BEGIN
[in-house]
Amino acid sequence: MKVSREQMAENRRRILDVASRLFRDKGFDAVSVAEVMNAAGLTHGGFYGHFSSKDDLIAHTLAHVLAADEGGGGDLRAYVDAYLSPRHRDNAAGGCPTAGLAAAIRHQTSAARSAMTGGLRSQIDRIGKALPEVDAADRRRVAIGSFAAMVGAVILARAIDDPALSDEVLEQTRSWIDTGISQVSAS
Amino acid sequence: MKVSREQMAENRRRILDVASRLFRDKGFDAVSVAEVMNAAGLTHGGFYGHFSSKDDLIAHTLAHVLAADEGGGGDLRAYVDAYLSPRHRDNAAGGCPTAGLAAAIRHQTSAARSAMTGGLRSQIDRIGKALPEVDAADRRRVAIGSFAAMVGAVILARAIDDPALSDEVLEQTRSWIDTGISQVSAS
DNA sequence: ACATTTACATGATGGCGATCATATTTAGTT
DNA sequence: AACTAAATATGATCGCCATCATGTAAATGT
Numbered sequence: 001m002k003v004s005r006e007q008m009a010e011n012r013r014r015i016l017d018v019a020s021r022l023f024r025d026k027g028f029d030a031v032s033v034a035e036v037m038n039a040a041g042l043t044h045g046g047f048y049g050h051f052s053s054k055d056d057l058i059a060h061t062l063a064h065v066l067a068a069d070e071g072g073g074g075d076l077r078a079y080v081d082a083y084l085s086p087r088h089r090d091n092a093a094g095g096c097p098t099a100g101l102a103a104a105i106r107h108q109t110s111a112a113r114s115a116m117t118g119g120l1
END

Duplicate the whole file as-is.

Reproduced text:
[in-house]
Amino acid sequence: MKVSREQMAENRRRILDVASRLFRDKGFDAVSVAEVMNAAGLTHGGFYGHFSSKDDLIAHTLAHVLAADEGGGGDLRAYVDAYLSPRHRDNAAGGCPTAGLAAAIRHQTSAARSAMTGGLRSQIDRIGKALPEVDAADRRRVAIGSFAAMVGAVILARAIDDPALSDEVLEQTRSWIDTGISQVSAS
Amino acid sequence: MKVSREQMAENRRRILDVASRLFRDKGFDAVSVAEVMNAAGLTHGGFYGHFSSKDDLIAHTLAHVLAADEGGGGDLRAYVDAYLSPRHRDNAAGGCPTAGLAAAIRHQTSAARSAMTGGLRSQIDRIGKALPEVDAADRRRVAIGSFAAMVGAVILARAIDDPALSDEVLEQTRSWIDTGISQVSAS
DNA sequence: ACATTTACATGATGGCGATCATATTTAGTT
DNA sequence: AACTAAATATGATCGCCATCATGTAAATGT
Numbered sequence: 001m002k003v004s005r006e007q008m009a010e011n012r013r014r015i016l017d018v019a020s021r022l023f024r025d026k027g028f029d030a031v032s033v034a035e036v037m038n039a040a041g042l043t044h045g046g047f048y049g050h051f052s053s054k055d056d057l058i059a060h061t062l063a064h065v066l067a068a069d070e071g072g073g074g075d076l077r078a079y080v081d082a083y084l085s086p087r088h089r090d091n092a093a094g095g096c097p098t099a100g101l102a103a104a105i106r107h108q109t110s111a112a113r114s115a116m117t118g119g120l1